Ecotoxicology of Antifouling Biocides

pp 75-94

Behaviour of Organotins in the Coastal Environment

  • William John LangstonAffiliated withMarine Biological Association
  • , Hiroya HarinoAffiliated withOsaka City Institute of Public Health and Environmental Sciences
  • , Nicholas Dingle PopeAffiliated withMarine Biological Association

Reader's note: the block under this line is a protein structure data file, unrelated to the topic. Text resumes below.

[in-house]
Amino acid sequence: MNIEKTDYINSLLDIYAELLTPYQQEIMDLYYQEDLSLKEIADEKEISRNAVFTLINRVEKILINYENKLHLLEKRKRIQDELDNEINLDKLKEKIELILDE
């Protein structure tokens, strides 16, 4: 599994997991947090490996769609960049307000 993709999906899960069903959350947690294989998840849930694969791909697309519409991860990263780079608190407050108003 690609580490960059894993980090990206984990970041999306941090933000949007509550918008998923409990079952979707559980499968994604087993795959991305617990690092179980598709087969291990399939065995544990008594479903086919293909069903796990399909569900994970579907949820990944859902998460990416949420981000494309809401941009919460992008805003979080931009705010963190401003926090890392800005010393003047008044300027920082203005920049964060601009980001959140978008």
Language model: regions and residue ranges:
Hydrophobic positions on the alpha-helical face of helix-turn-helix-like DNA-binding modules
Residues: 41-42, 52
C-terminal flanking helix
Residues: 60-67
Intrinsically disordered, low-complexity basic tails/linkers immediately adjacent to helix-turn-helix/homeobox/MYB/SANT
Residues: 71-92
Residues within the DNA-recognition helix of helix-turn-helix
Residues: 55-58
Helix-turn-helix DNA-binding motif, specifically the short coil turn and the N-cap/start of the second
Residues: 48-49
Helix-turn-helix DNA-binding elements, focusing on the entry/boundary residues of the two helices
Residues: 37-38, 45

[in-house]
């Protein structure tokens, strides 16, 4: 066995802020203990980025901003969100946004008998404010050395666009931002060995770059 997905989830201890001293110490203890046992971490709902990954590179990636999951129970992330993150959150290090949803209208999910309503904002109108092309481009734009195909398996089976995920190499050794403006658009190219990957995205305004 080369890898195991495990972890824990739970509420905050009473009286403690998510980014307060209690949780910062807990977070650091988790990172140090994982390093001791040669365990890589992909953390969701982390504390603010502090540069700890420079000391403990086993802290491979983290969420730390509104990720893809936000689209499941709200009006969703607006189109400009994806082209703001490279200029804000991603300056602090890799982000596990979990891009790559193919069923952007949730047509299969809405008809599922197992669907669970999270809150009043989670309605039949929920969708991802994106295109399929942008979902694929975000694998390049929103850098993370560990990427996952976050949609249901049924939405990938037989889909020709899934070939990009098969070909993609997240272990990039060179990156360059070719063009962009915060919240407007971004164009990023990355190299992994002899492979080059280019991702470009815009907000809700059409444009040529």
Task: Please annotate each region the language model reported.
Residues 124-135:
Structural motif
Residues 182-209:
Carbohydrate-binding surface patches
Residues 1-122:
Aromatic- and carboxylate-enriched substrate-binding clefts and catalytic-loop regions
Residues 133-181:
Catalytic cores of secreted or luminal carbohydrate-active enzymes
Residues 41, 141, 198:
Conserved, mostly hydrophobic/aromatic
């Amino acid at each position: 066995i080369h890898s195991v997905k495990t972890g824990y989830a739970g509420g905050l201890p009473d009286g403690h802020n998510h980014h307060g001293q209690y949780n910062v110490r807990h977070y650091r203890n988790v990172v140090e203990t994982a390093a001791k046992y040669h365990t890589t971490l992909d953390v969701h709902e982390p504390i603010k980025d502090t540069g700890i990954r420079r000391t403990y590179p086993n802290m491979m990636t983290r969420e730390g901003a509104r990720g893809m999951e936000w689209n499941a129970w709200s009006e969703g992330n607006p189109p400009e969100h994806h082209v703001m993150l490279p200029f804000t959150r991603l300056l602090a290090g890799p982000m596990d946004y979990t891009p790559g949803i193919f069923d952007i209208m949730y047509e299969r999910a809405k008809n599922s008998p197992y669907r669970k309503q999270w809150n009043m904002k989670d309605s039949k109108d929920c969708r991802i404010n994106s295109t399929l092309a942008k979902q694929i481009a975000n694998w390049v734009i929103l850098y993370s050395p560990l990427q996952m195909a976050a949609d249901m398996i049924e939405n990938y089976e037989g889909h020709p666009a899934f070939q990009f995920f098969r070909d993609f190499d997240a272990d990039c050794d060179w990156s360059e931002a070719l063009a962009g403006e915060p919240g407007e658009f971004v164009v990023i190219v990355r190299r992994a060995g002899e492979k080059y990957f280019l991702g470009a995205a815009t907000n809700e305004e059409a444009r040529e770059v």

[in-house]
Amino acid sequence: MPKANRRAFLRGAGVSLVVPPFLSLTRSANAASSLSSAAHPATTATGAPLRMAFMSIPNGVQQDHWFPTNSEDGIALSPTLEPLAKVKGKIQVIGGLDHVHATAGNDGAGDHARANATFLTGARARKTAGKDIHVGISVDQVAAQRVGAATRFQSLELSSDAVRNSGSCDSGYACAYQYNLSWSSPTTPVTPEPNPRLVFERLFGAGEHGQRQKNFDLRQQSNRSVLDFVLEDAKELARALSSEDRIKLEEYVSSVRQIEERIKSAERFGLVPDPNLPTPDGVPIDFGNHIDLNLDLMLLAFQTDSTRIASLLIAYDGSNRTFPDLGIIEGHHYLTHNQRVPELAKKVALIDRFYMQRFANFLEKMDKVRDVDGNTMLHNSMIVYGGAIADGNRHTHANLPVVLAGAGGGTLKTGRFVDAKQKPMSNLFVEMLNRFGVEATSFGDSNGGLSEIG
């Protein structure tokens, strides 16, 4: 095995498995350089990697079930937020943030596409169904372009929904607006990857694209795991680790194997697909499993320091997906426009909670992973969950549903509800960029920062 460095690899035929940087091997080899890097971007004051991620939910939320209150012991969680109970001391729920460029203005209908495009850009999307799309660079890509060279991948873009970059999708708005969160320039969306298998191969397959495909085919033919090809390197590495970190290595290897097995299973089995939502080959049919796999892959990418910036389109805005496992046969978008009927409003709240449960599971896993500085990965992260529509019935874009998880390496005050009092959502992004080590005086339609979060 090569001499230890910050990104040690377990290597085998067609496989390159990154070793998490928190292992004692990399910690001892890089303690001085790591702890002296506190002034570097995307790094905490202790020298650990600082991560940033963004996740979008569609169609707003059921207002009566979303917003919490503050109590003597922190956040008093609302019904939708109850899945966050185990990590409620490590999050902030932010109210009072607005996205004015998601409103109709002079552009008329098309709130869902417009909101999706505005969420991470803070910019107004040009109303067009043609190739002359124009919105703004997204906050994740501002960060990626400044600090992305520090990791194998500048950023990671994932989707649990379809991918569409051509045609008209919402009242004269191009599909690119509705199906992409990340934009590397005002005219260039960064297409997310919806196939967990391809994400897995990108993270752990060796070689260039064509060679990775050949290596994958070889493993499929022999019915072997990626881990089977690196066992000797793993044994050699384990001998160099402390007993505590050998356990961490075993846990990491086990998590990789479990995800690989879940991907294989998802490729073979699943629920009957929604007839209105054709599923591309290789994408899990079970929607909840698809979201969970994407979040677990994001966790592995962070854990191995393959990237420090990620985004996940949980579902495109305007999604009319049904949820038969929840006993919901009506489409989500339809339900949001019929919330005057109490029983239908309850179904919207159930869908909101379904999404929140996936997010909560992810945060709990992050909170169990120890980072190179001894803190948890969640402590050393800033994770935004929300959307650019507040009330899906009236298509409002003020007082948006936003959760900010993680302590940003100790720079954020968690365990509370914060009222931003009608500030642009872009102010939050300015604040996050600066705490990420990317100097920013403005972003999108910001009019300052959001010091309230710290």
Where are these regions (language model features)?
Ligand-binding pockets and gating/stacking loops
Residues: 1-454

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The use of TBT and TPT as constituents of antifouling compounds, over more than three decades, has left many coastal environments with a longstanding legacy of contamination. Inputs to water should no longer be an acute threat. However, despite recent actions by IMO to ban the use of these compounds, recovery will not be instantaneous and contamination could even increase at some locations where the legislation is ineffective, or where coatings are replaced, or sediments re-mobilised. Partitioning to solids is reversible and hence sediments may act as a persistent sink and secondary source of adsorbed organotins, as well as those residues entrained as paint flakes from boatyards and docks. Estimates of TBT half-times in sediments range from a few months to decades (in anoxic sediments), indicating that this ‘reservoir’ of organotins is likely to remain biologically relevant, and will require management, for a considerable period. For some ports and harbours, appropriate dredging and disposal of TBT-enriched sediments represents an extremely costly option to maintain viability, and it will be important to ensure that further harm to the environment does not ensue from remobilization of these residues. Based on example in the UK, we review here some of the factors which influence long-term partitioning behaviour and persistence of organotions (predominantly TBT)–and the likely timescales for recovery.